the usual diseases that form part of the routine annual innoculations
( Leptospirosis, Rabies, Parvovirus, Kennel Cough, Distemper,
Hepatitis, Coronavirus, Worm control and Parainfluenza) the following
are the most common health issues that the Rhodesian Ridgeback
dysplasia is a common condition found in purebred dogs. When
a dog has hip dysplasia its hind leg has an incorrectly formed
hip joint. With use it becomes more loose. This
condition can only be confirmed with an x-ray but certain
symptoms may indicate a problem.
- hops instead of running smoothly
- uses hind legs in unison
- has trouble getting getting up
- sits with both legs together on one side of its body
A dog can adapt to life with a bad hip but usually arthritis
develops and many dogs become crippled. Hip dysplasia is
an inherited disease and is only confirmed when the dog is
between 18 months and 2 years. Following a special diet can
help but the usual treatment is the removal of the pectineus
muscle and the head of the femur. The pelvis then has
to be reconstructed and the hip replaced with an artificial
one. The degrees of hip dysplasia depends on the depth of
the socket and the roundness of the femur head. Surgical
hip replacements are not only costly but very painful for
the dog - It is far better to obtain your puppy from
a reputable breeder whose animals have been screened and
are totally free of this dreadful condition!
When comparing dogs born 1980 and earlier with those born
in 1991 and later, the frequency of hip dysplasia in Rhodesian
Ridgebacks has decreased considerably, so the stringent control
in place have shown an improvement.
Rhodesian Ridgeback (RR) puppies cannot be registered unless
both parent dogs are registered with KUSA and certified Hip
Dysplasia-free (i.e. HD00 or the more recent grading, A1,
A2 & B1). This has been LAW for RRs since January 1974
and observance thereof has resulted in the virtual eradication
of congenital hip-dysplasia amongst registered Rhodesian
This is a hereditory, degenerative joint disease
of the elbows which is very similar to hip dysplasia. The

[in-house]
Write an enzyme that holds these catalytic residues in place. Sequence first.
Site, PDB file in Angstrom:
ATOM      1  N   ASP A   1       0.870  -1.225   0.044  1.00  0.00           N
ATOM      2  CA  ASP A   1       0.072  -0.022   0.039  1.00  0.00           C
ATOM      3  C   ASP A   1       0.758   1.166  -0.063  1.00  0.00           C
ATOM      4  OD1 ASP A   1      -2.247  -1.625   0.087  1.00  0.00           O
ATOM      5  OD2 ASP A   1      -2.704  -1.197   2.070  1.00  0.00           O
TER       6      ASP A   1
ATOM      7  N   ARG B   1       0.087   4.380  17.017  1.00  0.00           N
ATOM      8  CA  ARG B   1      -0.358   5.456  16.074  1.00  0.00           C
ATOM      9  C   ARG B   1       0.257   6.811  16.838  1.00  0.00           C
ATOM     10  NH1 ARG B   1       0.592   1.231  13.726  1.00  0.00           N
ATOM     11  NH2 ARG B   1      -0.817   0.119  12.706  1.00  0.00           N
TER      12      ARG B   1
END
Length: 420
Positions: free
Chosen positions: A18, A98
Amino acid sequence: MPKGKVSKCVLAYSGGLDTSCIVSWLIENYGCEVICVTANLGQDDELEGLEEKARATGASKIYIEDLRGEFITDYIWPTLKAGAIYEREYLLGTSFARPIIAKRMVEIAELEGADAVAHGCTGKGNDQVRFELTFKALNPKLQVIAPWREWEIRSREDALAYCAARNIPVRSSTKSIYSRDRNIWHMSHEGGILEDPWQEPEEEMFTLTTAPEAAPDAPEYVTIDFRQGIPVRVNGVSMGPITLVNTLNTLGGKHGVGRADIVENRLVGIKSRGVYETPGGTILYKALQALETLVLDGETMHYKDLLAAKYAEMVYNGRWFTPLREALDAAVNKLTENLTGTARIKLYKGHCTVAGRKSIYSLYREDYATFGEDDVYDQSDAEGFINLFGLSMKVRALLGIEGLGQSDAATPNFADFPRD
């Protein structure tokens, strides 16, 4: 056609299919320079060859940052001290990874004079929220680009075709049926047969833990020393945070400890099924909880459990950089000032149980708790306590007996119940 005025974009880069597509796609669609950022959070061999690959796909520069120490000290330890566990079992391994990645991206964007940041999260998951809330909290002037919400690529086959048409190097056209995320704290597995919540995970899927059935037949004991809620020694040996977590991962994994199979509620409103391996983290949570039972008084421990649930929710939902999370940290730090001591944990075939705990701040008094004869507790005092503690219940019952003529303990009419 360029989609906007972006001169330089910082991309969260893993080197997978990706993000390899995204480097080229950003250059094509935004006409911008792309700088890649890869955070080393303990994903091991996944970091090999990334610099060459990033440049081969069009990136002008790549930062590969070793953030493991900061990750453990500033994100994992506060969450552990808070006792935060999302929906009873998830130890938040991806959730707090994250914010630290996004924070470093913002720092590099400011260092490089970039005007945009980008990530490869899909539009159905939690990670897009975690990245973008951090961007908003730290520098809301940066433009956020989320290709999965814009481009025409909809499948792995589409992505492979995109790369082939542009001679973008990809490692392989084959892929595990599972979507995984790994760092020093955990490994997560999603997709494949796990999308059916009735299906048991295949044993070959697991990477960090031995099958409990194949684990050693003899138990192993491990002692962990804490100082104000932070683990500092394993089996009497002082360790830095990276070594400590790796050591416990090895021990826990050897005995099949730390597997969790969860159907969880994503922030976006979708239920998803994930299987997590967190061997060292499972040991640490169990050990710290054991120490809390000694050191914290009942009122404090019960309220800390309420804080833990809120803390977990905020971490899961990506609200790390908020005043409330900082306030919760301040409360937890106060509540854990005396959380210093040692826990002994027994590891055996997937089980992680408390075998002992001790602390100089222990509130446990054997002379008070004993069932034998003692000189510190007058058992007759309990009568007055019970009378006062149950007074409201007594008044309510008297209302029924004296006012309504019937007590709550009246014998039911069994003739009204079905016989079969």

condition causes lameness and oestearthritis if not treated
same statement applies to this condition as above - It
is far better to obtain your puppy from a reputable breeder whose
been screened and are totally free of this dreadful condition!
Currently, for registration, it is not compulsory to have Elbow-Dysplasia-free
(ED00) certificates for both parent dogs, but considering that
a dog carries 75% of its weight on the front legs and a RR is
a medium to large, heavy breed, some Rhodesian Ridgeback breeders
have voluntarily been x-raying elbows simultaneously with hips
the plates to the panel of scrutinisers for grading before using
their dogs for breeding.
This is an incomplete separation of the central nervous
sytem from the layer that will become the skin (ectoderm).
occurs in the embryo state and a microscopic tubule forms
so that the spinal cord is open to the outside. This
is detected at birth by raising the skin of the neck along
and running your fingers down both sides of the fold.
The tiny thread can be felt attaching the skin to the spinal
column. This may also occur in the midline at the base
of the tail. It becomes infected at a later stage and
has to be surgically removed. Vets hate performing this
operation because they have to go right down into the
spinal column to get it all out and this is very risky.
Dermoid sinuses are an inherited disorder and although